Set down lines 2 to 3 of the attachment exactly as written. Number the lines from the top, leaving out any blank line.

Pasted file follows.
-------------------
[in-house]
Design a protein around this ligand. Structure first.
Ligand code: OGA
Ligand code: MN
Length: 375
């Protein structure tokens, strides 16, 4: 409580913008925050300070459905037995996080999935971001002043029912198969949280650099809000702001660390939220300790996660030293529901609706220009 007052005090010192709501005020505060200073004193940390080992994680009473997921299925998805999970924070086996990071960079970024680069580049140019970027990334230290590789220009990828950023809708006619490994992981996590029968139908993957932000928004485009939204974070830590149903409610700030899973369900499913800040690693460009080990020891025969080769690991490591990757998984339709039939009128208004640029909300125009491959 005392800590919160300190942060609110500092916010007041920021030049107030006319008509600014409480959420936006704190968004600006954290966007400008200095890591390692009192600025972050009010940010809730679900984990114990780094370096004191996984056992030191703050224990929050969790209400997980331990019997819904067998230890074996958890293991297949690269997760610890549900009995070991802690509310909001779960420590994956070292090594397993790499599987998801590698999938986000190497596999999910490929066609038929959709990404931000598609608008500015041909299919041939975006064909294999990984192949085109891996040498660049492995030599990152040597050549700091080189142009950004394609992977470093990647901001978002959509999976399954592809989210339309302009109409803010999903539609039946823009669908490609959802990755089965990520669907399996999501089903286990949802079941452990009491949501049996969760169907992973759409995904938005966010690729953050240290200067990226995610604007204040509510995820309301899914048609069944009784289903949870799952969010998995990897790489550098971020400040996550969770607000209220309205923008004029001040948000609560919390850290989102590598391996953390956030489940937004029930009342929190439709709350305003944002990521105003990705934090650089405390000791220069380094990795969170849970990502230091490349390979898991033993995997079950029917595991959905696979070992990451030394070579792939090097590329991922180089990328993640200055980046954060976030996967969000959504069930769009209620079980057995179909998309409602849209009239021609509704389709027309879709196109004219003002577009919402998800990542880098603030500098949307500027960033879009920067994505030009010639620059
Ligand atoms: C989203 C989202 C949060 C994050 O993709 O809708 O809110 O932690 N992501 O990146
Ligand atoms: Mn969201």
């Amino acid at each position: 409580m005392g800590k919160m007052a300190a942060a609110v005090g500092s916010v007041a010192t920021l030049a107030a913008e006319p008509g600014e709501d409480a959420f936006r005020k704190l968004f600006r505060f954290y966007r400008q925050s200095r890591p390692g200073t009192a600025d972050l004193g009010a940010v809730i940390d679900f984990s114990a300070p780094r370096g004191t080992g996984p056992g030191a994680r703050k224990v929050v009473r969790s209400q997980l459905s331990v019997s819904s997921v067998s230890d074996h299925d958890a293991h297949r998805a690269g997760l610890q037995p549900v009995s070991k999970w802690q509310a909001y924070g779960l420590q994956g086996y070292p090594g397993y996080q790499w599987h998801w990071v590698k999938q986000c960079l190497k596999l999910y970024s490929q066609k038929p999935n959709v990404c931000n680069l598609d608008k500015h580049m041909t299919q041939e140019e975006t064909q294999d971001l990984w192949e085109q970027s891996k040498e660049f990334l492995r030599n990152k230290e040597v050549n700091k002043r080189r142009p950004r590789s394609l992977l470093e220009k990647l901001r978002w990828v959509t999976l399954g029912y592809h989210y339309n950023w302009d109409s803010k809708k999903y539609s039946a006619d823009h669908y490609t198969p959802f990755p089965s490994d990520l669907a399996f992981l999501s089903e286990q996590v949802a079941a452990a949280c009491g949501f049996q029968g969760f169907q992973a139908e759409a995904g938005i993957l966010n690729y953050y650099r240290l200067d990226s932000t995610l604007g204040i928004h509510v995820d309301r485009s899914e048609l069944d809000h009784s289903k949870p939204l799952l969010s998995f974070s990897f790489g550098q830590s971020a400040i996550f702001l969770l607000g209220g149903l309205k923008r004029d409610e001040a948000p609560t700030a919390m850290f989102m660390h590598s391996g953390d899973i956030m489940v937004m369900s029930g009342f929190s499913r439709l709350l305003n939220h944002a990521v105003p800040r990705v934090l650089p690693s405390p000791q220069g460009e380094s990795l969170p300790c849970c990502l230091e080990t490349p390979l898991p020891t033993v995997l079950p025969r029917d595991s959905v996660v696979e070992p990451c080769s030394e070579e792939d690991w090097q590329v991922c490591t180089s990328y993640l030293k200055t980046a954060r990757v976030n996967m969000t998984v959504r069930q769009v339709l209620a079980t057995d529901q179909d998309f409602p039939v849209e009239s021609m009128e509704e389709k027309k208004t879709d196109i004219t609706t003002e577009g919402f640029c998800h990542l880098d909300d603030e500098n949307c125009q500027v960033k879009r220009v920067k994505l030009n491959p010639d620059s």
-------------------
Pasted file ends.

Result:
Design a protein around this ligand. Structure first.
Ligand code: OGA